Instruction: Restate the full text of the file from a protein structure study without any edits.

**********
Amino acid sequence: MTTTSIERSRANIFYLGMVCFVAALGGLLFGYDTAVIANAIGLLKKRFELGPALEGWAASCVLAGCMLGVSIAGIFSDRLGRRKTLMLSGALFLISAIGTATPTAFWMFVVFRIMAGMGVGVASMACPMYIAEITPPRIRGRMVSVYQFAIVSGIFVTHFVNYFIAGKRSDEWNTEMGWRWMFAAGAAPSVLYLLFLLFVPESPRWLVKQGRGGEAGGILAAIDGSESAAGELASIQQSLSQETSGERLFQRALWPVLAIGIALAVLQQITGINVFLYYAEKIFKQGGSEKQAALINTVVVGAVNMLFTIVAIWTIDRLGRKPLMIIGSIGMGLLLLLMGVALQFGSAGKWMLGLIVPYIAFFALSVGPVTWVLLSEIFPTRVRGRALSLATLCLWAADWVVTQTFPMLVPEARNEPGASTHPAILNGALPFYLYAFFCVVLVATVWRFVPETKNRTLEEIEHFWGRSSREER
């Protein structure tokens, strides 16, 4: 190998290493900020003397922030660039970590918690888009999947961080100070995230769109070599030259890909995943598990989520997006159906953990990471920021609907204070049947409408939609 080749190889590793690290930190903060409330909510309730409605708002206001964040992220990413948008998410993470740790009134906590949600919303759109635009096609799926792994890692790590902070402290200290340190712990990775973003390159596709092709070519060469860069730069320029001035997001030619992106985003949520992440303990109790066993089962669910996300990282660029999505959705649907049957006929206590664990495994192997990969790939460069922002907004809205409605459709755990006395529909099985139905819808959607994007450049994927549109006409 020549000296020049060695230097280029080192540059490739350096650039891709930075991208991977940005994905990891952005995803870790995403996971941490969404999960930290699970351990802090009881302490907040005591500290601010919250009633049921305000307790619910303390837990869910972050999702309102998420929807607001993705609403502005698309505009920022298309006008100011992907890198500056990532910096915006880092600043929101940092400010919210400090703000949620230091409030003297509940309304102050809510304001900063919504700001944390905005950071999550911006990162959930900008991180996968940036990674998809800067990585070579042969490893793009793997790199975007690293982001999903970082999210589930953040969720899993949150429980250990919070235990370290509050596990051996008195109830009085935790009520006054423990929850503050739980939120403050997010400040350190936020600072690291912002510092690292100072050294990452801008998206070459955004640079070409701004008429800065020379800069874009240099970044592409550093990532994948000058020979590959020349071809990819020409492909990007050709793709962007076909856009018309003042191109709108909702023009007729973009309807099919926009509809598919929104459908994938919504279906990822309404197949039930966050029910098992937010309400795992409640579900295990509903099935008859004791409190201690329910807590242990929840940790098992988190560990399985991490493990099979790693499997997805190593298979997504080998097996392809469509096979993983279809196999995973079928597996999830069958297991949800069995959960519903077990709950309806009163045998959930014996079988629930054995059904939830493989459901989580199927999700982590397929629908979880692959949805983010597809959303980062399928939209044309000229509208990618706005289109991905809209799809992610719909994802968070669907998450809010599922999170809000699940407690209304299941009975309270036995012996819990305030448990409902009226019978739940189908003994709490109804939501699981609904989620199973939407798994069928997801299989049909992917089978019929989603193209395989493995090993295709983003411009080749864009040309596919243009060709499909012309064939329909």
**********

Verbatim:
Amino acid sequence: MTTTSIERSRANIFYLGMVCFVAALGGLLFGYDTAVIANAIGLLKKRFELGPALEGWAASCVLAGCMLGVSIAGIFSDRLGRRKTLMLSGALFLISAIGTATPTAFWMFVVFRIMAGMGVGVASMACPMYIAEITPPRIRGRMVSVYQFAIVSGIFVTHFVNYFIAGKRSDEWNTEMGWRWMFAAGAAPSVLYLLFLLFVPESPRWLVKQGRGGEAGGILAAIDGSESAAGELASIQQSLSQETSGERLFQRALWPVLAIGIALAVLQQITGINVFLYYAEKIFKQGGSEKQAALINTVVVGAVNMLFTIVAIWTIDRLGRKPLMIIGSIGMGLLLLLMGVALQFGSAGKWMLGLIVPYIAFFALSVGPVTWVLLSEIFPTRVRGRALSLATLCLWAADWVVTQTFPMLVPEARNEPGASTHPAILNGALPFYLYAFFCVVLVATVWRFVPETKNRTLEEIEHFWGRSSREER
């Protein structure tokens, strides 16, 4: 190998290493900020003397922030660039970590918690888009999947961080100070995230769109070599030259890909995943598990989520997006159906953990990471920021609907204070049947409408939609 080749190889590793690290930190903060409330909510309730409605708002206001964040992220990413948008998410993470740790009134906590949600919303759109635009096609799926792994890692790590902070402290200290340190712990990775973003390159596709092709070519060469860069730069320029001035997001030619992106985003949520992440303990109790066993089962669910996300990282660029999505959705649907049957006929206590664990495994192997990969790939460069922002907004809205409605459709755990006395529909099985139905819808959607994007450049994927549109006409 020549000296020049060695230097280029080192540059490739350096650039891709930075991208991977940005994905990891952005995803870790995403996971941490969404999960930290699970351990802090009881302490907040005591500290601010919250009633049921305000307790619910303390837990869910972050999702309102998420929807607001993705609403502005698309505009920022298309006008100011992907890198500056990532910096915006880092600043929101940092400010919210400090703000949620230091409030003297509940309304102050809510304001900063919504700001944390905005950071999550911006990162959930900008991180996968940036990674998809800067990585070579042969490893793009793997790199975007690293982001999903970082999210589930953040969720899993949150429980250990919070235990370290509050596990051996008195109830009085935790009520006054423990929850503050739980939120403050997010400040350190936020600072690291912002510092690292100072050294990452801008998206070459955004640079070409701004008429800065020379800069874009240099970044592409550093990532994948000058020979590959020349071809990819020409492909990007050709793709962007076909856009018309003042191109709108909702023009007729973009309807099919926009509809598919929104459908994938919504279906990822309404197949039930966050029910098992937010309400795992409640579900295990509903099935008859004791409190201690329910807590242990929840940790098992988190560990399985991490493990099979790693499997997805190593298979997504080998097996392809469509096979993983279809196999995973079928597996999830069958297991949800069995959960519903077990709950309806009163045998959930014996079988629930054995059904939830493989459901989580199927999700982590397929629908979880692959949805983010597809959303980062399928939209044309000229509208990618706005289109991905809209799809992610719909994802968070669907998450809010599922999170809000699940407690209304299941009975309270036995012996819990305030448990409902009226019978739940189908003994709490109804939501699981609904989620199973939407798994069928997801299989049909992917089978019929989603193209395989493995090993295709983003411009080749864009040309596919243009060709499909012309064939329909």